The link between chaos theory and ecocriticism seems obvious. Chaos theory concedes that nature contains a deep order that emerges naturally (Sardar & Abrams 2000: 86). Not only does chaos theory explain natural processes, but it also reintroduces mystery and unpredictability into nature.
3 Echoing, Mirroring, Imaging: The Poem as Ecosystem
In "Frost at Midnight" Coleridge explores, among other things, how a fairly small change, namely a change of environment, can alter his child's future. This is reminiscent of the butterfly effect. This poem is one of Coleridge's so-called "conversation poems", which is a sustained blank-verse lyric lyric, in ancient Greece, a poem accompanied by a musical instrument, usually a lyre. Although the word is still often used to refer to the songlike quality in poetry, it is more generally used to refer to any short poem that expresses a personal emotion, be it a of description and meditation, in the mode of conversation addressed to a silent auditor (Felluga 2000). It is characterised by an associative as·so·ci·a·tive
1. Of, characterized by, resulting from, or causing association.
2. Mathematics Independent of the grouping of elements. structure. The poem is written in free verse free verse, term loosely used for rhymed or unrhymed verse made free of conventional and traditional limitations and restrictions in regard to metrical structure. Cadence, especially that of common speech, is often substituted for regular metrical pattern. and depends on sound repetitions such as alliteration, assonance and word repetitions for its poetic nature, rather than on a fixed form and rhyme scheme rhyme scheme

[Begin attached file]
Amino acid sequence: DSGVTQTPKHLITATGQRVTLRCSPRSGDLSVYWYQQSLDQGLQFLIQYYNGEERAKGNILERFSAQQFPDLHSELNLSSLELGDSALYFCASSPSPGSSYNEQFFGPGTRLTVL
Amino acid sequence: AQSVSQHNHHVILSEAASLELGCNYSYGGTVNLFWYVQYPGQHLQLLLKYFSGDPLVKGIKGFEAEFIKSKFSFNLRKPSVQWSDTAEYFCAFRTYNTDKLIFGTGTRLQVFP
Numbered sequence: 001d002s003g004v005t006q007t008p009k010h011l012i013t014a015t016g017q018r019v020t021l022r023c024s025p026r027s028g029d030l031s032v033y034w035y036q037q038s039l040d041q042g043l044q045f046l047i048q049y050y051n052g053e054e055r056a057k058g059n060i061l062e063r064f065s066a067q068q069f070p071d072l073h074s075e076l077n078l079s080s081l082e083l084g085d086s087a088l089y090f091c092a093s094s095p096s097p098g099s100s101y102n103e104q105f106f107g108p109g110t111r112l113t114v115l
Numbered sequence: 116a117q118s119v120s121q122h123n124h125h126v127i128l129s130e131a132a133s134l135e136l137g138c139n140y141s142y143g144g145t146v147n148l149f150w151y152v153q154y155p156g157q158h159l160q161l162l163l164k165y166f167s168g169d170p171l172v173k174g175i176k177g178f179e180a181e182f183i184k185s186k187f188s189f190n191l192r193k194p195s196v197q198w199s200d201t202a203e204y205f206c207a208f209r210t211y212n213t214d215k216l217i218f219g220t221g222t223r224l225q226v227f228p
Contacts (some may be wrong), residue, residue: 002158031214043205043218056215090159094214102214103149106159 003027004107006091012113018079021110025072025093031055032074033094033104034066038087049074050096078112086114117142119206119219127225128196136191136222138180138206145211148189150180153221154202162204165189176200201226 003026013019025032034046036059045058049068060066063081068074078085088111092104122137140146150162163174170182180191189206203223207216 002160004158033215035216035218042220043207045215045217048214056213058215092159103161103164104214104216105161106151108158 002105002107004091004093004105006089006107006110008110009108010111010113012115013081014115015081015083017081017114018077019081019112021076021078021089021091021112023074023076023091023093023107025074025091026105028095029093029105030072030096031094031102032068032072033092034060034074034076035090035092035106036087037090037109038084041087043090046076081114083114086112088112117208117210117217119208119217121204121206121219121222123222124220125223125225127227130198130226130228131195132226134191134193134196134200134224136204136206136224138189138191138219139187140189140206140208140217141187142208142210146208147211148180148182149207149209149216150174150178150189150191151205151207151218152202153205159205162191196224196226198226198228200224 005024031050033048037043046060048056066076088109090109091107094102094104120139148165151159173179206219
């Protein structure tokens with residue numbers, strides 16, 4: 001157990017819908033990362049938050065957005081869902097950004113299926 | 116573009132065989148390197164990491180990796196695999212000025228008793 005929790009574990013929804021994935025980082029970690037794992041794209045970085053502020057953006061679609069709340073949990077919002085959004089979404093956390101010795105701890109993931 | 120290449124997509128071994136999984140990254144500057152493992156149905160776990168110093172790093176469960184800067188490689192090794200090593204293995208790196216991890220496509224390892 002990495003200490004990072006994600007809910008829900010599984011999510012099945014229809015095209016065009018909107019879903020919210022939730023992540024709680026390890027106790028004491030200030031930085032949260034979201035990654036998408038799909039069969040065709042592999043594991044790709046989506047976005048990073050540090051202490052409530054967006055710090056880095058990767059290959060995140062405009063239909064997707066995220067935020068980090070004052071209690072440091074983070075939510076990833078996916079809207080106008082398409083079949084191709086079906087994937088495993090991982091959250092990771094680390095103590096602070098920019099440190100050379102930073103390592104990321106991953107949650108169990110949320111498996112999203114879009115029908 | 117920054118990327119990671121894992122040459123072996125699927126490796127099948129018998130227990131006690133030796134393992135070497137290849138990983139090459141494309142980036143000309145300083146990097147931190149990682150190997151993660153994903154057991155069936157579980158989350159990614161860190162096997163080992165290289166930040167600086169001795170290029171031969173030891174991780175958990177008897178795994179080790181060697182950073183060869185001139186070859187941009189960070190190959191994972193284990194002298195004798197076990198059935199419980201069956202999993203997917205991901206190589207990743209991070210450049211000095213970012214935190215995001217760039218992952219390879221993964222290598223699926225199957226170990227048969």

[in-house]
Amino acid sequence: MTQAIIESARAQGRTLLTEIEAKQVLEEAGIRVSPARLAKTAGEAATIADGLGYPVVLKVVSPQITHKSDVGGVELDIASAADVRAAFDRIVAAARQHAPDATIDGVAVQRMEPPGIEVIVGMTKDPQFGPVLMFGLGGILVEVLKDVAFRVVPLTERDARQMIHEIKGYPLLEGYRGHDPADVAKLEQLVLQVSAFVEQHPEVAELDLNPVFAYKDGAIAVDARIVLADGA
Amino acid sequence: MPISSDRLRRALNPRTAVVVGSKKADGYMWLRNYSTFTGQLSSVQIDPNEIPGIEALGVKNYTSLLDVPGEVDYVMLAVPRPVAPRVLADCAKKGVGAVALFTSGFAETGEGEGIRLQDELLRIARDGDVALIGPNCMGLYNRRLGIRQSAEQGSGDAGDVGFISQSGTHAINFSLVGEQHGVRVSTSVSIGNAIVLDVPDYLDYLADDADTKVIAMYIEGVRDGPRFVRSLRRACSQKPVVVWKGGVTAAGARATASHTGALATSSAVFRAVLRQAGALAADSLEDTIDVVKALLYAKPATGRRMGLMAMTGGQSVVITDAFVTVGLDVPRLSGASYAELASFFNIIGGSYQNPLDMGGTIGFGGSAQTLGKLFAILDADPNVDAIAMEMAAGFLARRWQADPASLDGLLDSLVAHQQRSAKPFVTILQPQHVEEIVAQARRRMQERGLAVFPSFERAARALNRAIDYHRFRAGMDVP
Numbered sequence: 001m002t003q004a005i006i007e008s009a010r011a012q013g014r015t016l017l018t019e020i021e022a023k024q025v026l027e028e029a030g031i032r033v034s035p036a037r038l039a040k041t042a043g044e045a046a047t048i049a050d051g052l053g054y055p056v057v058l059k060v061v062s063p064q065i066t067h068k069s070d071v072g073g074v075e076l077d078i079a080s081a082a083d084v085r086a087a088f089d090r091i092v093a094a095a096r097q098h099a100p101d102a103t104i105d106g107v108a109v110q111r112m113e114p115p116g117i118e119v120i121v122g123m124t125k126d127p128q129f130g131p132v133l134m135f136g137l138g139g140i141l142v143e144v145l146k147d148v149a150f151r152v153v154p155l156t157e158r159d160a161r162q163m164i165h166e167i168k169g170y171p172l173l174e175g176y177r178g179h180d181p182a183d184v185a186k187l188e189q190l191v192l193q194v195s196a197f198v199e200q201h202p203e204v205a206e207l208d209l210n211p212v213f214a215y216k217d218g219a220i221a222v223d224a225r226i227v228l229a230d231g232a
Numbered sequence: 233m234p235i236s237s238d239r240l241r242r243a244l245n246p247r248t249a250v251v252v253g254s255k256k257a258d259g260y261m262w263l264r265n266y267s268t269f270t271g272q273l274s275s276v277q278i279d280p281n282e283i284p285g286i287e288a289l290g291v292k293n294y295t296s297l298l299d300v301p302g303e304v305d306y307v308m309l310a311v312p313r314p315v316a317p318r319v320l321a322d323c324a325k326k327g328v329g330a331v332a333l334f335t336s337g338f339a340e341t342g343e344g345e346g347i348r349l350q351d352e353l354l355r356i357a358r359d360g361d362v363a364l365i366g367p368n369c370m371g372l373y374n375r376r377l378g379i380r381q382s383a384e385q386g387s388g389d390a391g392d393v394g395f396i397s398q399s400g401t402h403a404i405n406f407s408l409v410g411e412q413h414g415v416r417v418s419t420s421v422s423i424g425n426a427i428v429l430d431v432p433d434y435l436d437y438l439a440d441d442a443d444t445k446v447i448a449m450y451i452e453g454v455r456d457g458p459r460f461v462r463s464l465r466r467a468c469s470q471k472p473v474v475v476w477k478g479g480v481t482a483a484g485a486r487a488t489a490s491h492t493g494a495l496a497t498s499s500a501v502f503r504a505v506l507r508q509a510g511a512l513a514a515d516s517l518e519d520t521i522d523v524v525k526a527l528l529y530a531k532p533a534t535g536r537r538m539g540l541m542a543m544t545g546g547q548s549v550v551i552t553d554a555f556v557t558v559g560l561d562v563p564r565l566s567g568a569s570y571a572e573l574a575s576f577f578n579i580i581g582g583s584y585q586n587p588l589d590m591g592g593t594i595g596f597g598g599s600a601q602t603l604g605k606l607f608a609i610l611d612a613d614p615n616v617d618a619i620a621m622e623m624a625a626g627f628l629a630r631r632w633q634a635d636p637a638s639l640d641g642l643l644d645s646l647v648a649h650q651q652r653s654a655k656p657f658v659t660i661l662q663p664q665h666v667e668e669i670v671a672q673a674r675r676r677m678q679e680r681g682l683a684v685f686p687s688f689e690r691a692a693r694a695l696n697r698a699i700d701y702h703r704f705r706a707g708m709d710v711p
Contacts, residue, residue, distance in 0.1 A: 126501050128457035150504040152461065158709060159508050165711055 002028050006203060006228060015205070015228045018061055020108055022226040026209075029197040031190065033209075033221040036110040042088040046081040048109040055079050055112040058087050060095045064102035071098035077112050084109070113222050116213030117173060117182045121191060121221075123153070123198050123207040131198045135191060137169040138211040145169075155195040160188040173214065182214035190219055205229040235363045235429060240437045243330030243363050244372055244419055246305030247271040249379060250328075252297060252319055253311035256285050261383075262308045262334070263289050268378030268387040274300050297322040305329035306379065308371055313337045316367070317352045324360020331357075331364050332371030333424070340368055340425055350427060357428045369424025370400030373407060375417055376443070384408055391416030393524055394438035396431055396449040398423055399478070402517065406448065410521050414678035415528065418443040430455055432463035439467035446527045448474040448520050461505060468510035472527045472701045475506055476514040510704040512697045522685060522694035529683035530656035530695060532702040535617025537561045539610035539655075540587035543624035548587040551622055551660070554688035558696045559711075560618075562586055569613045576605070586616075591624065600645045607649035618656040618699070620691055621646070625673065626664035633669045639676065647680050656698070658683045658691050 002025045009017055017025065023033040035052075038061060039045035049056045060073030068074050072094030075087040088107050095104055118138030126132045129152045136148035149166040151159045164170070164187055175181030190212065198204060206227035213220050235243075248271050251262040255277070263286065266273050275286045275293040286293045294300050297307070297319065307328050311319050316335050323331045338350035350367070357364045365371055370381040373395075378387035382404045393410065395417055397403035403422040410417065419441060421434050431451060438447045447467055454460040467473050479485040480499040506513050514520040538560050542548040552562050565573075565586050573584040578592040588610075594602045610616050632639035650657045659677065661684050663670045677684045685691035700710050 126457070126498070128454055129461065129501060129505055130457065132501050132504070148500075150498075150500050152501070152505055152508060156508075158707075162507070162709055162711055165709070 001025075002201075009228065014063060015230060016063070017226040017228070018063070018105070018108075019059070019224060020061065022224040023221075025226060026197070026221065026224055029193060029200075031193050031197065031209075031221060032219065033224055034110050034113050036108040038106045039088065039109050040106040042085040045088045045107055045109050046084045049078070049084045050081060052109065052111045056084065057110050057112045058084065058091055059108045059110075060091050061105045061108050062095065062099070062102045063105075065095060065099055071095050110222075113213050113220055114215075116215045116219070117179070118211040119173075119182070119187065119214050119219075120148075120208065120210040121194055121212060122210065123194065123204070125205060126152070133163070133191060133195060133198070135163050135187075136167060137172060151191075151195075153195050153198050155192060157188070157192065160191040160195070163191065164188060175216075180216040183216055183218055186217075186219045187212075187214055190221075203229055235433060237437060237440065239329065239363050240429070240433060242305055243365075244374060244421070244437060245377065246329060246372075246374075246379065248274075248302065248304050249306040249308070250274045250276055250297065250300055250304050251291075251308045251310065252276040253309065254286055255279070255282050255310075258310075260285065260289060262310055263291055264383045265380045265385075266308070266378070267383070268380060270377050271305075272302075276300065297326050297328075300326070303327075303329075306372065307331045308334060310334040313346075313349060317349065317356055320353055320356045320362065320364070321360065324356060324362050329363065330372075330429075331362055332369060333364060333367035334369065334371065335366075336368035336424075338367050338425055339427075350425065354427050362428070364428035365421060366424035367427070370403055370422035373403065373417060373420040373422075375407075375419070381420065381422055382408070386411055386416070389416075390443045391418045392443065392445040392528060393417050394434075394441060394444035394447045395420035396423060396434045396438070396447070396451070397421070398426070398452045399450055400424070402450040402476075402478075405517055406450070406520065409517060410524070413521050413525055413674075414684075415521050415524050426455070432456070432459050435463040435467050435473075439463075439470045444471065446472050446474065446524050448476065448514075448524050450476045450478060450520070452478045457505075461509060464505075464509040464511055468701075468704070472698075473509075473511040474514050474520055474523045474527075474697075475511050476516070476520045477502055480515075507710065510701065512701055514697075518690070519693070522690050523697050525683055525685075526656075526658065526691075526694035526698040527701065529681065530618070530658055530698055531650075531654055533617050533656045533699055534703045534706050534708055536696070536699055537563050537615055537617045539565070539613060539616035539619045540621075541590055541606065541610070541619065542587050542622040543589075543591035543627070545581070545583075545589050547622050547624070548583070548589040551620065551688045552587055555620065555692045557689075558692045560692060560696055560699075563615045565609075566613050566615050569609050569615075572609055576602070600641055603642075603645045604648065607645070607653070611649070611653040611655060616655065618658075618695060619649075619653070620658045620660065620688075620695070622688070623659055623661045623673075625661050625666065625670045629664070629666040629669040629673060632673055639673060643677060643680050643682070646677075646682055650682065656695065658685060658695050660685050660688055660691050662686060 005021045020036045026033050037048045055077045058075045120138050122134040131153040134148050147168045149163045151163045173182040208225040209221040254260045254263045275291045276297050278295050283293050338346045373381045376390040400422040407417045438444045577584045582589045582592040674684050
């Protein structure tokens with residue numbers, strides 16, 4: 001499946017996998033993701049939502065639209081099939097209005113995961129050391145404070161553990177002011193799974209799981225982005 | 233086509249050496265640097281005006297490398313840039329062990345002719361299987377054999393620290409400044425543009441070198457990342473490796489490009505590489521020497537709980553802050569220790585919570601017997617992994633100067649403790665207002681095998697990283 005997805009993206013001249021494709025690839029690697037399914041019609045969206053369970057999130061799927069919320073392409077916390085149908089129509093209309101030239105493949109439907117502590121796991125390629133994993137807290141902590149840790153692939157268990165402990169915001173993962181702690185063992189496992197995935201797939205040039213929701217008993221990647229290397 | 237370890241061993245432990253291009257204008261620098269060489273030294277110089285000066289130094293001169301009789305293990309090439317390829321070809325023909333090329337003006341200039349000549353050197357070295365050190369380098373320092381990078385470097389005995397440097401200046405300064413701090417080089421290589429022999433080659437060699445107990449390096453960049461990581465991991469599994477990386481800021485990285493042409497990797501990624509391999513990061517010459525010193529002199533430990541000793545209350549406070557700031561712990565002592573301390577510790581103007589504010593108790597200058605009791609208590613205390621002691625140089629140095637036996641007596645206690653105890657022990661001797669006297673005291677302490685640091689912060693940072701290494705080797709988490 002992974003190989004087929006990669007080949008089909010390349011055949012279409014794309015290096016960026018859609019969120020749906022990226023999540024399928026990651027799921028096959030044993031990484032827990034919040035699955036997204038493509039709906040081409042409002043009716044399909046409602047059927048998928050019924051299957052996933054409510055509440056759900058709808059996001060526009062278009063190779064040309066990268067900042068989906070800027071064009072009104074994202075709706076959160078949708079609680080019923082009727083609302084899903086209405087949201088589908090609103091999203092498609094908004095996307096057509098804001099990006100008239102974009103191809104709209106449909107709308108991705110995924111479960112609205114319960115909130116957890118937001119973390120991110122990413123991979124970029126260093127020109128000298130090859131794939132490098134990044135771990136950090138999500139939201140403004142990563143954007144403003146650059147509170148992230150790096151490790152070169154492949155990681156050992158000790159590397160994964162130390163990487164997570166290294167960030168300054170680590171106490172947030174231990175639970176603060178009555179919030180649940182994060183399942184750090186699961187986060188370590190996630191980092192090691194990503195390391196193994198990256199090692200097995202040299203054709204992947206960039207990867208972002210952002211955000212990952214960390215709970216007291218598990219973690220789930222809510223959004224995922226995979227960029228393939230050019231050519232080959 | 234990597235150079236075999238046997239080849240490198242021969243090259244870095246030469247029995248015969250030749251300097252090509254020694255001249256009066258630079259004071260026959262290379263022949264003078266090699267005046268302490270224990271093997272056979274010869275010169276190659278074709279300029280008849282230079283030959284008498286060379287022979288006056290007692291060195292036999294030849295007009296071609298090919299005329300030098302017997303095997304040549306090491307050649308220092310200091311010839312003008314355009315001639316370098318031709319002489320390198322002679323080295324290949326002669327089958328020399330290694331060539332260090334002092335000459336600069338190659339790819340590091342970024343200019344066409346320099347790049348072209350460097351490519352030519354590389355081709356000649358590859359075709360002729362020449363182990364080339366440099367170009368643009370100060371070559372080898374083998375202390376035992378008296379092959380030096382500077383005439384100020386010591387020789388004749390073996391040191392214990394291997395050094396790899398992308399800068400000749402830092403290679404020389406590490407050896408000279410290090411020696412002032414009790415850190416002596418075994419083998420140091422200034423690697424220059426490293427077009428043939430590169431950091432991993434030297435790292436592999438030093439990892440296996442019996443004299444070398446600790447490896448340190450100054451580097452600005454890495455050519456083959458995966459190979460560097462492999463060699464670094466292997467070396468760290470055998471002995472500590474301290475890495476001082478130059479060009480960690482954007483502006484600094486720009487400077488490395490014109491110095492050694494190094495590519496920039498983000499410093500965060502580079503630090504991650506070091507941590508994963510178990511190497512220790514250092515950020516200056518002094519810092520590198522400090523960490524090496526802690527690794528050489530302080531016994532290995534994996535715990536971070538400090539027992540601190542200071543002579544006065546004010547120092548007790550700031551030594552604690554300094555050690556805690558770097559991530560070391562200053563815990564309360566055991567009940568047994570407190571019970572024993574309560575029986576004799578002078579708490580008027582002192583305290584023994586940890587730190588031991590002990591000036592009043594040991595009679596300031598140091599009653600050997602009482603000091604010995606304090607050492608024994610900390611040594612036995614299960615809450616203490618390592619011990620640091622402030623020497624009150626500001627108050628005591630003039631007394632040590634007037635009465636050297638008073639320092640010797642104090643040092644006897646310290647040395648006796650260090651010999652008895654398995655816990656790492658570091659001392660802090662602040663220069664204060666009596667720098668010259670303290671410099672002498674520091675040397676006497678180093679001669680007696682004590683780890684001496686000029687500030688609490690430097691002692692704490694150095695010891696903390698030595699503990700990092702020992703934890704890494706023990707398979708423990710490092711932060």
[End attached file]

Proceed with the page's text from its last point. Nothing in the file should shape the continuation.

The arrangement of rhymes in a poem or stanza. . It is this free-associative type of repetition that strikes one on a first reading of the poem. Unlike normal repetition, one finds that "Frost at Midnight" introduces small changes in the repeating, second part of each repetition.
Consider for example:
The frost performs its secret ministry (a) Unhelped by any wind ... (lines 1-2; my emphasis) (1)
at the beginning of the poem, and near the end
... the secret ministry of frost (a) Shall hang them up in silent icicles shining to the quiet moon. (b) (lines 72-74; my emphasis)
In the quotations above, one finds two examples, a phrase (a) and a word (b), slightly altered when repeated. This type of repetition is called ploche--a repetition with variations. The repetition found in "[q]uietly" and "quiet" (line 74) could also be described as both metagoge and paregmenon, as it repeats both the sound and the root of the same word. Ploche, or repetition with variation, is also found in
... Sea, hill, and wood This populous village! Sea, and hill, and wood, (lines 11-12; my emphasis)
and also in
In this last example the typography typography (tīpŏg`rəfē), the art of printing from movable type. The term typographer is today virtually synonymous with a master printer skilled in the techniques of type and paper stock selection, ornamentation, and composition. indeed almost creates a mirror image: the words on either side of the word "and" repeat each other as though in a mirror. This type of repetition is called antistrophe--a repetition in reverse order. The near repetition, however, also introduces a change: the word "things" distorts what would have been a perfect antistrophe or mirror image. Furthermore, the small change in word order changes the meaning of the two near-repetitive phrases significantly.
Such repetitions frequently occur in the poem and are reminiscent of repetitions, loops and cycles to be found in nature. The idea of small changes introduced in repetitive systems reminds one of fractals, as explained by chaos theory.
In "Frost at Midnight" Coleridge explores and speculates on how a change of environment, a change in the present, can impact on his child's future. This theme is also symbolised and expressed in the structure of the repetitions that he uses. Coleridge's repetitions in "Frost at Midnight" may be seen as word equivalents, symbols for near-repetitive patterns, or fractals, in nature.
This phenomenon is not only confined con·fine
v. con·fined, con·fin·ing, con·fines
1. To keep within bounds; restrict: Please confine your remarks to the issues at hand. See Synonyms at limit. to near repetitions in the poem, such as the ones discussed above. Many of the images used in the poem also conjure up conjure up